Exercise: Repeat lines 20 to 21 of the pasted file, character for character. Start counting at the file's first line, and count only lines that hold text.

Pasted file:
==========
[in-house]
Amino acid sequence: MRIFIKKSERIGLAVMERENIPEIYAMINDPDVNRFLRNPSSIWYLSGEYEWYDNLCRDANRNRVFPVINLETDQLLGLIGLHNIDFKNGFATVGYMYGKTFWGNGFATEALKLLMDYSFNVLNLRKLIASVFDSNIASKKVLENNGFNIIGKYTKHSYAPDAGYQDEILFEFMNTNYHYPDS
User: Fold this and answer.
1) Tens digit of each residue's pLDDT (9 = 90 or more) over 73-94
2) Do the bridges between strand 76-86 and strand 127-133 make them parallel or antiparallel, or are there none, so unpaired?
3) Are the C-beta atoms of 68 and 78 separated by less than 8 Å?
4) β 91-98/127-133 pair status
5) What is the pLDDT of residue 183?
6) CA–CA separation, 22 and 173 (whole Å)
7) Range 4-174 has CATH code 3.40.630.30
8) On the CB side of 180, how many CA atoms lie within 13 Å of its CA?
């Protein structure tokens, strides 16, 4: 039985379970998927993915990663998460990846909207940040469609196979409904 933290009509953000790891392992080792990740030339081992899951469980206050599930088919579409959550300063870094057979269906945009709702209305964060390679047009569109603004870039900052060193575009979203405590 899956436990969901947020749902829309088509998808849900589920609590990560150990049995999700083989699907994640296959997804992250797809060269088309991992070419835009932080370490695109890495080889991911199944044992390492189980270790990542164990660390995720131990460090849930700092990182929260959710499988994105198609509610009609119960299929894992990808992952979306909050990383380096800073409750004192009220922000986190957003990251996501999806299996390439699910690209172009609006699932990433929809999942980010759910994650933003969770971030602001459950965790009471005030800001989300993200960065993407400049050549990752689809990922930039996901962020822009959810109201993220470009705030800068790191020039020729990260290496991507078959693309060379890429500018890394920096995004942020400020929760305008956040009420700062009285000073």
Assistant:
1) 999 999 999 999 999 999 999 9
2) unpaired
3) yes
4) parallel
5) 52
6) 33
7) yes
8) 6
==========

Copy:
7) yes
8) 6